‘It’s Devastating’: Water Rises In Valley

No Injuries Reported; Rescue Calls Fizzle Out

Posted: July 13, 2013

A man jogs Friday morning on Honey Run Road, parts of which were washed out from floodwaters near Clover Hill. Storms brought up to 5 inches of rain in parts of Rockingham County.
Kalaena Robison of Harrisonburg snaps a photo Friday morning of flooded Monger Park at the confluence of Cooks Creek and Blacks Run.
Cars splash along West Dry River Road on Friday, avoiding the deepest water from overnight flooding in Rockingham County.
Floodwaters from Honey Run washed away part of a bridge on Honey Run Road in Rockingham County.
Grace Glenn of Broadway (second from right) escorts her nieces visiting from Indiana (left to right) Alicia Pletcher, 15, Abigail Pletcher, 6, and Sabrina Pletcher, 12, over Slab Road on Friday as Dry River’s floodwaters wash over it. (Photos by Nikki Fox / DN-R)
MOUNT CRAWFORD — Julie Propst stood in the gravel parking lot of Monger Park in Mount Crawford Friday morning, snapping pictures of flooding that turned a baseball field into a lake.

A strong storm dumped several inches of rain on the Shenandoah Valley late Thursday night and Friday morning, causing severe flooding in many areas.

Several people who stopped to take pictures of the baseball field said water was as high as the roughly 5-foot outfield fence at one point. The park is located near where Cooks Creek and Blacks Run merge.

“It’s terrible …  it’s devastating,” said Propst, who has volunteered for the Mount Crawford Little League for the past decade. “I haven’t seen it this bad.”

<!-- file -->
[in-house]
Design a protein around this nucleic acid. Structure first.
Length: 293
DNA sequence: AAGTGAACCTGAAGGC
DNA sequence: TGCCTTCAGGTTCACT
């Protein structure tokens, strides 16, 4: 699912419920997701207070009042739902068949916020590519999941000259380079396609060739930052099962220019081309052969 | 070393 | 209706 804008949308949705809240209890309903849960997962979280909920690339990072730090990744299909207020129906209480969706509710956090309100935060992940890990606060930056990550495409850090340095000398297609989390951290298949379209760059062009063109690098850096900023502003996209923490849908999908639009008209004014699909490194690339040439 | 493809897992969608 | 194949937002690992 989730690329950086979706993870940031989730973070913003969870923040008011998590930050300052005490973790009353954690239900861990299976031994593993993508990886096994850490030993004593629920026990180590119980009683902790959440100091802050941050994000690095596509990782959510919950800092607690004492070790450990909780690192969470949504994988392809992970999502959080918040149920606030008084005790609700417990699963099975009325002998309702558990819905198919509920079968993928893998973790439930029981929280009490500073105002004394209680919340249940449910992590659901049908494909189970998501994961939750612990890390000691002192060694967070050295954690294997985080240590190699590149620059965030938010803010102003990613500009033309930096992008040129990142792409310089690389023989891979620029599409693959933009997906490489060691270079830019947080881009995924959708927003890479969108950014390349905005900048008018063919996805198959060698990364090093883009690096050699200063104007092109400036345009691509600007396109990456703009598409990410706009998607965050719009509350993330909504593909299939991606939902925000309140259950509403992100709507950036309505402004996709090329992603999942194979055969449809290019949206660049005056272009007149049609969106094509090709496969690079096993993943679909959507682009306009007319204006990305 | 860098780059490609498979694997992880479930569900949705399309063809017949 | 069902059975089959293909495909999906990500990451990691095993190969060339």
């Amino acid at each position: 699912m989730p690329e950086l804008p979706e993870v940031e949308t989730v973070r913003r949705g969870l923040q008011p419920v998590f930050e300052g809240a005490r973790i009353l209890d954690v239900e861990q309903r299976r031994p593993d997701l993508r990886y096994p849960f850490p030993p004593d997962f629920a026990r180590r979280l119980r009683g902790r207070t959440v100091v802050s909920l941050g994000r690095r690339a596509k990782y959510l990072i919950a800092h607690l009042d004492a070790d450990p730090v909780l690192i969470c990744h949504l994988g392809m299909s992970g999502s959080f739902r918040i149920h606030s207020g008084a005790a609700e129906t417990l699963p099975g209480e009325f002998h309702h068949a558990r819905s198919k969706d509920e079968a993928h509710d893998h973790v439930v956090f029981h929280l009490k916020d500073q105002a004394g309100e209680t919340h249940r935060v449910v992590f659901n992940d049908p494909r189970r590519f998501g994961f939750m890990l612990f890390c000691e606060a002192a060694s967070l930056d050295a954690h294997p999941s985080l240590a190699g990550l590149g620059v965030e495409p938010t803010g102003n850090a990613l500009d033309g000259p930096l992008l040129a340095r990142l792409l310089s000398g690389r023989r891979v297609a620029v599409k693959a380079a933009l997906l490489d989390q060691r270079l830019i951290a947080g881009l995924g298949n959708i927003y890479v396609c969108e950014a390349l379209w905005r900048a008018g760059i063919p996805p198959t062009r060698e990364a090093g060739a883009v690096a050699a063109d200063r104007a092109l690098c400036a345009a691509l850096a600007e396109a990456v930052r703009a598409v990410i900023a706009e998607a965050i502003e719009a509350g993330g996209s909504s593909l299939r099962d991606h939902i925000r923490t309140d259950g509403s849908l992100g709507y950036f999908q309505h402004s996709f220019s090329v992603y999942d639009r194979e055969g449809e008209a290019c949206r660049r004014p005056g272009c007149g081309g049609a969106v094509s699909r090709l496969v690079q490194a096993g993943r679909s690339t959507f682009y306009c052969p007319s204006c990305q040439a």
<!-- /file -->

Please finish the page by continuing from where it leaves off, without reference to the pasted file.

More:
By late afternoon, much of the water had subsided.

The National Weather Service issued a flash flood warning for Rockingham County before the rain started to fall late Thursday. In some areas, residents reported 4 to 5 inches of rain on Friday.

The Dale Enterprise Weather Station reported 5.35 inches of rain.

And more may be on the way. With additional rain predicted for late Friday and this morning, emergency crews expected additional flooding overnight. Crews were especially concerned with the South Fork of the Shenandoah River near Lynnwood. As of Friday afternoon, the river level was almost 13 feet. Flood stage is considered 16 feet. County officials expected the river to crest at or above flood stage sometime Friday night or this morning.

Jeremy Holloway, chief of Rockingham County Fire and Rescue, said most of the flooding problems from Thursday’s and Friday morning’s rains were in the western part of the county, including Bridgewater, Clover Hill and Ottobine.

Despite the flash flooding, he said no weather-related injuries were reported Friday, despite calls for at least two water rescues. He said the swift-water rescue team was dispatched twice overnight. The team was dispatched to Waggys Creek and Spring Creek roads for motorists trapped in high water on the roadways. However, he said, rescues weren’t needed by the time crews arrived. One person made it to safety and, in the other case, rescuers found the vehicle was gone.

“There was nothing major,” Holloway said. “It was good that it happened in the middle of the night when there wasn’t much traffic.”

Assistant Chief Ian Bennett of the Harrisonburg Fire Department said city firefighters were busy, too, overnight, but no injuries were reported.

He said firefighters were dispatched to 12 homes with flooded basements. In some cases, firefighters provided loaner pumps to homeowners to remove the water.

Contact Pete DeLea at 574-6278 or pdelea@dnronline.com

NDN Video News